By doing this, they will avoid their data science initiatives ending up as simply R&D projects. Reaching this stage makes it much harder to produce meaningful results. Data science models and artificial intelligence (AI) must be built into processes, applications and dashboards so that the benefits are easily accessible for end users. For this, merchants need to dedicate the right planning and resources. In turn, employees will start to see the advantages of data science initiatives and then trust their potential. Next to that, it’s absolutely essential that the data science team has a good understanding of the business itself so that they can identify the potential benefits and translate them into different initiatives. Maybe it sounds strange, but the implementation of technology can be much easier than actually understanding the data potential. That’s why it’s very important that merchants support their data science team so that they understand as much as possible about the industry and business. This way, they have a holistic view and can help the company grow.
EF: But is there a way merchants can increase the chance that real value is gained from data science activities?
JM: There are two levels of data science initiatives. Businesses usually start by being insights-driven, using knowledge from Business Intelligence techniques and then move on to the next level. The second phase is about becoming data-driven, where AI models are at the heart of the decision-making process, with all procedures automatized. Being insights-driven is a great way for merchants to start their data science initiatives; that’s basically the first step towards growing their business with data. However, it’s very important that merchants don’t get stuck in the insights-driven phase – they need to move on to becoming data-driven. This will help businesses see the data science results on a much larger scale while speeding up the process.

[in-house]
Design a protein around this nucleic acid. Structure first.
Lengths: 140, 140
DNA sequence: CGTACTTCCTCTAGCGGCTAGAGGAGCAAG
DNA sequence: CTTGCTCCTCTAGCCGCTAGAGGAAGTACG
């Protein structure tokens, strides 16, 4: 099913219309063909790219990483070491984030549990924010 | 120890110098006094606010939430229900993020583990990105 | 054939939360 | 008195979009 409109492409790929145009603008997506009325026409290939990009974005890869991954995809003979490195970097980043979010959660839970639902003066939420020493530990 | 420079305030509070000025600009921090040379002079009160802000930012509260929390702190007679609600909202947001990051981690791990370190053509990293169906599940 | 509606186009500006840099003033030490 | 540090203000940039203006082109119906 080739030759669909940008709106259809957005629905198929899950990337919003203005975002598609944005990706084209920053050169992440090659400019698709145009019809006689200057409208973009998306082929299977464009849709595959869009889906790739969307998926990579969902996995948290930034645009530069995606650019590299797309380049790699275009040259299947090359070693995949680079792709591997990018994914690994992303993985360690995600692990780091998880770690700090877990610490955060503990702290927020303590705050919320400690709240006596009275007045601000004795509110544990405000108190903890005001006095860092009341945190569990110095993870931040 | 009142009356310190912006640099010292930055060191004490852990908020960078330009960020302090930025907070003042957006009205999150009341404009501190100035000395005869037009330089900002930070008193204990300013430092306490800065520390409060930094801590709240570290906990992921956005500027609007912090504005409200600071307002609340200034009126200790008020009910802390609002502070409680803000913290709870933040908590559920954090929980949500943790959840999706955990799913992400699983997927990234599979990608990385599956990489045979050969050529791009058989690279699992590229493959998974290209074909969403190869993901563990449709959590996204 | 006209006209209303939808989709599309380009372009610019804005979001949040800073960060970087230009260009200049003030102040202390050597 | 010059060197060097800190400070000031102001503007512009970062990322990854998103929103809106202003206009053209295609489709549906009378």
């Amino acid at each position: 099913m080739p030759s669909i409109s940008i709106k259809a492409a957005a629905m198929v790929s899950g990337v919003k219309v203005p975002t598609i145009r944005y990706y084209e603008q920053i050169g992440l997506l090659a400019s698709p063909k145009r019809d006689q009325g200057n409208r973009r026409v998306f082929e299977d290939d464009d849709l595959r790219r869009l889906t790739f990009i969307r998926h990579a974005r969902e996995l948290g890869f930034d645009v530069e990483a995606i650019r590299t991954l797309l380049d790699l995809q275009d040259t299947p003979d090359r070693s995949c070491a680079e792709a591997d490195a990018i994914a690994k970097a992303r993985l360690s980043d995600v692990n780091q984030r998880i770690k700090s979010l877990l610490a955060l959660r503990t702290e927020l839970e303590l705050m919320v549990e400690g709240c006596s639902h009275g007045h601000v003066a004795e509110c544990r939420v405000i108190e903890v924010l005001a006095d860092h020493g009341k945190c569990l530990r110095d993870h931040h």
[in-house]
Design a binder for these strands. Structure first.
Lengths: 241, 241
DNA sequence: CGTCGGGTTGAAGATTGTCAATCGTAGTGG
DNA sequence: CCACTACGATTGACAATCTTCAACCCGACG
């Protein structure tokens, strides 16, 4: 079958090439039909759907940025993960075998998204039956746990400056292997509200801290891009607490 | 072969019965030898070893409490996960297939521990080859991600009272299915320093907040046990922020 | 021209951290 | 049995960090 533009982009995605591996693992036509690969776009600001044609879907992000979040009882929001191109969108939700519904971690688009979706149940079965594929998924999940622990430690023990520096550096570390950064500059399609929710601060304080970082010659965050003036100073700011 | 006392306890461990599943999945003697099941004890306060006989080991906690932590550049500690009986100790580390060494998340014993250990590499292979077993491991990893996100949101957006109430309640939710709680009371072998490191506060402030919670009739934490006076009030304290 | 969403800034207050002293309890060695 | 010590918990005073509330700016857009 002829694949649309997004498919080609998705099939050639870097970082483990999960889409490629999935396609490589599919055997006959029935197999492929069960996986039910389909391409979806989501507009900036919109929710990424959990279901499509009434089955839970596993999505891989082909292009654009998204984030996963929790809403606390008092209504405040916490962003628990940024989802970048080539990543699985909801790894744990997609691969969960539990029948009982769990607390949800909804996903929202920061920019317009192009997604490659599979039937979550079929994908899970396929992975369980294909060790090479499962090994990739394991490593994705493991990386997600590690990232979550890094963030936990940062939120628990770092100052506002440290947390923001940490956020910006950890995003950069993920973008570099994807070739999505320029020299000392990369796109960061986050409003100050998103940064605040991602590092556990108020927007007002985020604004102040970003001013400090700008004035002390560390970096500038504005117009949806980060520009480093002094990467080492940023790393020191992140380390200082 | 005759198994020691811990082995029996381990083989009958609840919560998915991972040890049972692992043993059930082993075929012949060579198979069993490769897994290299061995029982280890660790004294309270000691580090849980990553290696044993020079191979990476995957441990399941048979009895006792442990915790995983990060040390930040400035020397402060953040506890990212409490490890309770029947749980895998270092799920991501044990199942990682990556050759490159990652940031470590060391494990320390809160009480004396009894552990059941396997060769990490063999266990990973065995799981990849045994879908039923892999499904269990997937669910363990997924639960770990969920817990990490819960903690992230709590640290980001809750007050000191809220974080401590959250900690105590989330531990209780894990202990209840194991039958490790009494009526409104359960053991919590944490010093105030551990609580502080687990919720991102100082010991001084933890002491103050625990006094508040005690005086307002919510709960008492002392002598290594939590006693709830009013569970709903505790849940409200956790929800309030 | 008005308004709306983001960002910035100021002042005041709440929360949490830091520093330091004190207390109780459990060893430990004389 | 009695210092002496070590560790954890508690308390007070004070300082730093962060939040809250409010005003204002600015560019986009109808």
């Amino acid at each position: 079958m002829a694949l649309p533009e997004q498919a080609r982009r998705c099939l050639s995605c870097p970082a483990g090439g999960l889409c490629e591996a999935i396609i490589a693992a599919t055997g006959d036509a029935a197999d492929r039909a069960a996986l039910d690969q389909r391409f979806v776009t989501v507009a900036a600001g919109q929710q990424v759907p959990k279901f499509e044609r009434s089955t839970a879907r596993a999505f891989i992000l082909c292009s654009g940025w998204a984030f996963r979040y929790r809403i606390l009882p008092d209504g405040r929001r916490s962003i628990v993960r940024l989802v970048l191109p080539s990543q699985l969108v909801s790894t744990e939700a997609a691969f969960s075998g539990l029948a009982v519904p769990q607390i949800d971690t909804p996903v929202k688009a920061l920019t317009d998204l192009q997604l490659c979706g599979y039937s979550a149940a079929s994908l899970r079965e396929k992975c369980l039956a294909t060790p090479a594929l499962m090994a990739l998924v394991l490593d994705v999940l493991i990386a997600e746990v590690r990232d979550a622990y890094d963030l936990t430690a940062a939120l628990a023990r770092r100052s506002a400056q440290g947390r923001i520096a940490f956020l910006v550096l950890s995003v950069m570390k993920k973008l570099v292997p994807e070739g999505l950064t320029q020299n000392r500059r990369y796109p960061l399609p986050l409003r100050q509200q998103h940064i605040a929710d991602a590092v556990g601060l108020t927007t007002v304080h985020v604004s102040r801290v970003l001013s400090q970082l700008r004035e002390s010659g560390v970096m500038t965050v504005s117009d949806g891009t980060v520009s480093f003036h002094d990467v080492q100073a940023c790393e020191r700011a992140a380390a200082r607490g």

EF: Since we learned a bit about the data science basics, let’s take a look at the future and see what exactly it holds for artificial intelligence. It is said that in no more than ten years, the online payments industry will be almost entirely AI-driven. How will this impact the payments industry?
JM: That’s an easy assumption to make because everything will be AI-driven in ten years. In this sense, all business operations related to fraud, risk, and optimization processes will be powered and enhanced by AI. It will be a complete transformation of businesses as we know them today. And the future looks good: there will be a lot of automation, allowing professionals to have more time to focus on complex scenarios that require human work in instances where the machine can no longer dive deeper. We can also expect to see a change in dynamics: in time the AI automated services could reach a low-cost level, whereas the human-facing services could become the new premium standard. Automation is a natural step forward that will enable every part of a business to scale.
EF: That’s very interesting and we’re curious to see how that’s going to evolve over the years. Let’s also look at regulation and compliance. Do you think that the implementation of AI will be as successful in China and the United States with the European data policies being implemented?
JM: The population’s trust will be higher than in China and the US, which will potentially raise adoption. I believe regulations like GDPR will empower data science. With regulations in place, consumers have the guarantee that their privacy is respected, and they automatically feel safer about their personal data. At the same time, data scientists are also more comfortable in their work. We could say that they sleep better at night because with data protection guidelines, they have regulated access to data. The data regulations don’t hinder any potential in data science initiatives. Professionals can continue their work just like they did before. The only difference is that they don’t have to worry about being exposed to sensitive consumer data. They can still analyze data and determine patterns in the consumer journey, with all the necessary regulations applied.